EPRA’s efforts to spread the REIT regime to Central and Eastern Europe are paying off. In May this year, the Polish Ministry of Finance brought forward an official draft bill for a local REIT legislation which the government is eager to turn into legislation by January 2019.
However, after lengthy discussions the Polish government has made a surprising shift regarding limitations of the REIT framework. A translation of the draft bill reveals that Polish REITs will only be able to invest in residential properties for rent, dormitories and nursing homes (with more than 50% of the space used for housing needs) under the new legislation. Income of REIT and subsidiaries from (i) rental of residential real estate; (ii) sale of residential real estate; (iii) disposal of shares in subsidiaries and; (iv) dividends, and profits from subsidiaries, will be exempt from taxation until the payment of dividends to investors.
According to EPRA, the exclusion of commercial real estate is a disappointment as a limited regime of this form is unlikely to be successfully taken up by the market. Nevertheless, the Brussels-based organisation prefers to have a less efficient regime in Poland rather than none at all. To make it a success, it is important that it is open for improvements, EPRA said. ‘The lesson from the Spanish REIT regime experience, which started from zero and after improvement developed into one of the top markets, could serve as a roadmap here. We will continue our work on this together with our partners of the REIT Polska Association.’
Improvements in Hungary
Meanwhile Hungary has made amendments to its REIT regime to make it more attractive to companies incorporated in Hungary as well as REITs with registered offices elsewhere in the European Economic Area. The fiscal and operating rules first introduced in 2011 were too strict to attract Hungarian firms and did not deliver on the hopes associated with it. An easing of taxation terms in addition to simplification of the rules of foundation and operation have stirred much stronger interest here after the legislator changed the main conditions at the end of 2017.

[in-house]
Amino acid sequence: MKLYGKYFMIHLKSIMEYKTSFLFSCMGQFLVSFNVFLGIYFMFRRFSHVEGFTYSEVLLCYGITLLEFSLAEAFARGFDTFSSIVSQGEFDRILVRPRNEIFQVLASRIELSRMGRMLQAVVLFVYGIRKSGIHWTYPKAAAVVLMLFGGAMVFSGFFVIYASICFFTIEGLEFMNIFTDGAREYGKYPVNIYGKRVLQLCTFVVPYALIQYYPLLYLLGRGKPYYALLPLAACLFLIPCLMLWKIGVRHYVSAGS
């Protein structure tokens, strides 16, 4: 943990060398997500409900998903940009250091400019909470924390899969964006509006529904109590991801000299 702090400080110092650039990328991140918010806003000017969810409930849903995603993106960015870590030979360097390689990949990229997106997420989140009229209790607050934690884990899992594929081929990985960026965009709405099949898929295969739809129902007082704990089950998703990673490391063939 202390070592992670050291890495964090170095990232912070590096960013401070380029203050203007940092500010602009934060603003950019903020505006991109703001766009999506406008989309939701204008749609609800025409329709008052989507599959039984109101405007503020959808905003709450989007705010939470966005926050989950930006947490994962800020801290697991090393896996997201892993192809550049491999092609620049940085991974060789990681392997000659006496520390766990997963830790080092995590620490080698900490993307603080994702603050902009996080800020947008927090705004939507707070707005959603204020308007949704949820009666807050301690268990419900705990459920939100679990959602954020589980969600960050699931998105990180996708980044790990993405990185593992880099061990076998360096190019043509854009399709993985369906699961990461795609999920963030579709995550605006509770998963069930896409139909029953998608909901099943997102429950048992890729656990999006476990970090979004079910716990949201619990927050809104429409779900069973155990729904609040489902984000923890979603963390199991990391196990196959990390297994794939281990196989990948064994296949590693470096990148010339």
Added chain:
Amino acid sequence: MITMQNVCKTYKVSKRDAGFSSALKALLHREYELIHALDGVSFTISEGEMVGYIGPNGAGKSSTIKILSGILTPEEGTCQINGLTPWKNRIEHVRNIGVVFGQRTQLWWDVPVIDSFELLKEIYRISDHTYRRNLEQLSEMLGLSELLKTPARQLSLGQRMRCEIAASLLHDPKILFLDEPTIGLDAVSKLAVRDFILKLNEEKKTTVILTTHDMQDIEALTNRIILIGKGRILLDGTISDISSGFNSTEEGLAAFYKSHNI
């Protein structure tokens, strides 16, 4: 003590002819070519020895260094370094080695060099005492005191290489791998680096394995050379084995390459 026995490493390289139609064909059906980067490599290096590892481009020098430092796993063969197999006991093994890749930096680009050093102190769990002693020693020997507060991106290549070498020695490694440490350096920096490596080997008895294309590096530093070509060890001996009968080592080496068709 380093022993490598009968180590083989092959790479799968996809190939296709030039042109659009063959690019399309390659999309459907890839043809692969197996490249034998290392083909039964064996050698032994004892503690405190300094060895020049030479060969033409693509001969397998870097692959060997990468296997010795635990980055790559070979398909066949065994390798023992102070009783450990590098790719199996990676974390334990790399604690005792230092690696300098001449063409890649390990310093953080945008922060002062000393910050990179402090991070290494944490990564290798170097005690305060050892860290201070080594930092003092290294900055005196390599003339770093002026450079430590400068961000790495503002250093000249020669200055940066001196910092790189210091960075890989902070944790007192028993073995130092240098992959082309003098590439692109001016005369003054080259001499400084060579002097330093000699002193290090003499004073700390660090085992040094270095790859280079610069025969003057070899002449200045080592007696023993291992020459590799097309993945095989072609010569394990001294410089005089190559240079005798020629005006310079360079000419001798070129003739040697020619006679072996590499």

EPRA was invited to Budapest in June to the Figyelo Conference on trends in real estate markets, which was also attended by the Hungarian Minister of Innovation & Technology. EPRA discussed the success of REITs in Europe, and met with company representatives from freshly set up REITs. Three companies have already used the opportunity to convert, with additional ones in the pipeline.
The government in Budapest has now specified that REITs must be listed on the stock market. Other legislative changes introduced in 2017 allow not only companies incorporated in Hungary to apply for the status but also REITs with registered offices elsewhere in the European Economic Area.
The new law stipulates that a company intending to operate as a REIT must have at least HUF 5 bn (€15.7 mln) initial equity capital and may engage only in the sale and purchase, leasing and operation of real estate. Provisions related to free float have also been modified: companies must now have at least 25% of registered equity in free float with no single shareholder owning directly or indirectly more than 5%. At least 25% of total equity must be introduced to the stock exchange. In return for exemption from corporate income tax and local business tax, a Hungarian REIT must pay out a dividend equivalent to at least 90% of disposable income.
This is an abridged version of an article that first appeared in the EPRA Industry Magazine